The Centre on Thursday withdrew the controversial anti-terror law, Gujarat Control of Terrorism and Organised Crime (GCTOC) after President Pranab Mukherjee refused to grant assent to it.The law was passed in the Gujarat Assembly in March 2015, amid strong opposition by the Congress party MLAs who attacked several of its contentious provisions and also by civil rights activists for giving draconian powers to the law enforcement agencies.<!– /11440465/Dna_Article_Middle_300x250_BTF –>According to sources, President raised questions on several of its contentious provisions as they overrode provisions of the central laws on terror.According to Union home ministry spokesperson, A K Dhatwalia, home ministry will provide additional information on the bill to the President after getting it from the Gujarat government.The bill gives overriding powers to the police to tap phones and present the recordings as evidence admissible in the court. It also enables the police to produce confessions made to the senior police before the court. Moreover, the investigation period before filing a chargesheet was doubled in the GCTOC bill from 90 to 180 days.The bill was originally brought in by Prime Minister Narendra Modi, when he was the Chief Minister of Gujarat as Gujarat Control of Organised Crime Bill (GUJCOC) but was rejected twice by the President Dr APJ Abdul Kalam then because of having similar contentious provisions.The rechristened bill passed during the budget session of the state assembly on March 30 last year was given nod by the union home ministry in September but was opposed by the Congress MLAs from Gujarat soon after in a representation given to President Mukherjee.Some of the contentious provisions of the GCTOC are:Sector 4 that says, “Notwithstanding anything contained in the Code of Criminal Procedure, no person accused of an offence punishable under this Act shall, if in custody, be released on bail or on his own bond.”This means that merely on the basis of accusations could be detained for as many as 180 days without even framing charges against him.Section 16 gives unprecedented powers to the police as it says, “a confession made by a person before a police officer not below the rank of Superintendent of Police…shall be admissible in the trial of such accused, co-accused, abettor or conspirator.”This means that an arrested person will find no relief from the court if police is able to extract statements from him, even using torture, that implicate him or her.Similarly, Section 14 says, “Notwithstanding anything contained in the code or in any other law which is in force, the evidence collected through the interception of wire, electronic or oral communication under the provisions of any other law shall be admissible as evidence against the accused in the court during the trial of the case.”Section another controversial section 20 says, the stipulated time to complete probe and file the charge-sheet can be exceeded to 180 days (six months) from the current stipulated time of 90 days.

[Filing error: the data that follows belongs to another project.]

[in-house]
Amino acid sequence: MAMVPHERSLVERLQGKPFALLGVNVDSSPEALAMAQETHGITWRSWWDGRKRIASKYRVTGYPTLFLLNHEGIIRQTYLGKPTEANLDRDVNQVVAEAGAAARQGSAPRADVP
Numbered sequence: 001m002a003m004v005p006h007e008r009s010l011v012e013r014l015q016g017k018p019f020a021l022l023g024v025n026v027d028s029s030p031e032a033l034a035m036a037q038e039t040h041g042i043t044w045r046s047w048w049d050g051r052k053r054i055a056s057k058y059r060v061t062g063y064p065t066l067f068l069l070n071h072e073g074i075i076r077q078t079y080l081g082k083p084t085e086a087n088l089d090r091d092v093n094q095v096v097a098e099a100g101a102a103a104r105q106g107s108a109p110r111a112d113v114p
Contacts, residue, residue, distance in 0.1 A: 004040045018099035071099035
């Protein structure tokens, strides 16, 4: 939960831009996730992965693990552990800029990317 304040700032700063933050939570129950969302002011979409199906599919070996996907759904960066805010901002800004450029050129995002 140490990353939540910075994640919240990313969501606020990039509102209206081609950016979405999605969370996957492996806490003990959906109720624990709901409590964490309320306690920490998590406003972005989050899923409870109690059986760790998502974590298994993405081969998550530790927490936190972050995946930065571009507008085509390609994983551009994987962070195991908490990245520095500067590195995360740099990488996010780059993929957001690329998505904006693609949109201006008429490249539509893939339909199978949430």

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President returns Gujarat’s contentious anti-terror law